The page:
There's been far too many blogs and podcasts beating up on Match of the Day in the last few years that it feels like it would be wrong of me to join the chorus. However, I'm going to have to. It was a toss up between that and just going mad and ranting with a recursive impotence at the television every weekend. However, I am pretty good, so I have in fact managed to do both.
I'm not going to focus on some of the problems that other football correspondents and commentators have levelled at the BBC's venerable old football show. Yes, considering the advances in TV technology and social media, the football highlights show has started to feel a bit anachronistic, lumpen and omni-directional. But it does the job and it is, lest we forget, a television institution. We Brits like those. My problem is with the cast of characters.
Back in the day, all you needed to present a football show was a magnificently patterned terylene shirt, a desk with an oddly redundant telephone atop it. Brian Moore would tell us who was playing, then probably also be the commentator on the highlights before popping back to the studio and giving a succinct summary of events without editorialising. The reason that Match of the Day appears so dated is not that it fundamentally follows the same structure that football highlights programmes have always done, but that they felt the need to tart it up. Extra guests, prolonged tactical analysis and needless graphics packages when really all we need is the games and Jimmy Hill.
This blunderbuss of opinion and flapdoodle that BBC1 fires into my face every Saturday night and Sunday morning has left me resigned to the adoption of a number of coping mechanisms. Namely, I have turned it into a soap opera. Every single one of the regular cast are a character, all with their own problems, struggles and burdens. And like their EastEnders counterparts all cramming into the Queen Vic, they are not entirely always in control of whose company they will be in as their storylines develop. Sparks can and will fly.
Gary Lineker is the landlord. He's contractually obliged to be there every week, no matter how bad a seven days it has been or how odious that night's punters are. His strategy is to damn his enemies with faint praise and low-level jibes about their past, but mostly he just farts strangely odour-free platitudes and half-puns into the air where no-one in particular will hear them or care.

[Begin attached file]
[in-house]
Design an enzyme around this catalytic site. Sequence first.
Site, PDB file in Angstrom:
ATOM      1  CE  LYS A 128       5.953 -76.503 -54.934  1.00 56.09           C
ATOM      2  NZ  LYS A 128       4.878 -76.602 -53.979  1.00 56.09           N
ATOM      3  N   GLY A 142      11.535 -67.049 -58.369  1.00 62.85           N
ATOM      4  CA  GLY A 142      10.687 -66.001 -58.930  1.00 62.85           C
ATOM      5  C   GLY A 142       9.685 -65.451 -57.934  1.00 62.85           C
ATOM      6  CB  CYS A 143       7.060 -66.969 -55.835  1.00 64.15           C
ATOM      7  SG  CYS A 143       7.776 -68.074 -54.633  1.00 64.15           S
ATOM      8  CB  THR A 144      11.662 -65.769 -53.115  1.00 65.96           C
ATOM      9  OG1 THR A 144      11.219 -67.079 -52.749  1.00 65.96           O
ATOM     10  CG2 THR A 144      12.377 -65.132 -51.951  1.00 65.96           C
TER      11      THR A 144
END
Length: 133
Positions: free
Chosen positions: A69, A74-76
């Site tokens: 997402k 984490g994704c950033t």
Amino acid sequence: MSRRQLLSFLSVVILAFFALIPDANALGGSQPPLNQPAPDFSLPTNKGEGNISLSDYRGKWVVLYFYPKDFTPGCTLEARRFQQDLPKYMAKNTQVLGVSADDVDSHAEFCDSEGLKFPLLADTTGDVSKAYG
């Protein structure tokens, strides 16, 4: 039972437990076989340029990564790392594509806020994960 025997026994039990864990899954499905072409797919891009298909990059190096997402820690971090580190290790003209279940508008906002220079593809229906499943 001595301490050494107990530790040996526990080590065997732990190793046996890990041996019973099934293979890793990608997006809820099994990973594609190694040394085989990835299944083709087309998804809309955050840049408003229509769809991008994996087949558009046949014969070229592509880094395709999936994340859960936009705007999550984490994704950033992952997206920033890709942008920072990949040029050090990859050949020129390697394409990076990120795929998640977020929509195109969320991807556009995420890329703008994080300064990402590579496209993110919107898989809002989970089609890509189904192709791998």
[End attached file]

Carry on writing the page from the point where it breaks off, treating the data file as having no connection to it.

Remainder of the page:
Alan Hansen is the most long-standing patron. His seniority means that few will cross him or even make a helpful suggestion about his skincare and moisturisation regime which would stop him from looking like a smoky bacon flavour tortoise. He remembers every single failure and mistake that all of his friends, colleagues and acquaintances have suffered (except for the number of times Alan Shearer kicked someone in the head, oddly) and this makes him a distinctly dangerous competitor.
Mark Lawrenson is the drunk old aunt propped up in the corner, leftover from a wake that took place some time around lunchtime. He's fed up with everything, wishing it could have been him that they had put in the ground but still happy enough to complain endlessly to anyone who will listen, until that great day finally comes. The fact that no-one is listening any more is of supreme disinterest to him as he just runs through his well worn sherry-scented monologue day in, day out.
New blood comes in the form of Lee Dixon and Alan Shearer. There's a little friction between them too, which is always exciting. Alan Shearer is basically Benny from Crossroads, a bungling but largely aimiable village idiot. It's impossible to get too upset by Alan Shearer unless you forget yourself and start to attach any credence to whatever he's spouting. But the sheer amount that he shovels out makes it more and more likely that this will happen, just due to the laws of probability. And this bothers Lee Dixon, who has probably the freshest ideas of the bunch but finds it hardest to get a word in edgewise. Force of personality, rather than intelligence of opinion, is what always prevails in this particular soap opera, which is what makes it so compelling.
That and the ever-present possibility that Alan Shearer might kick someone in the head.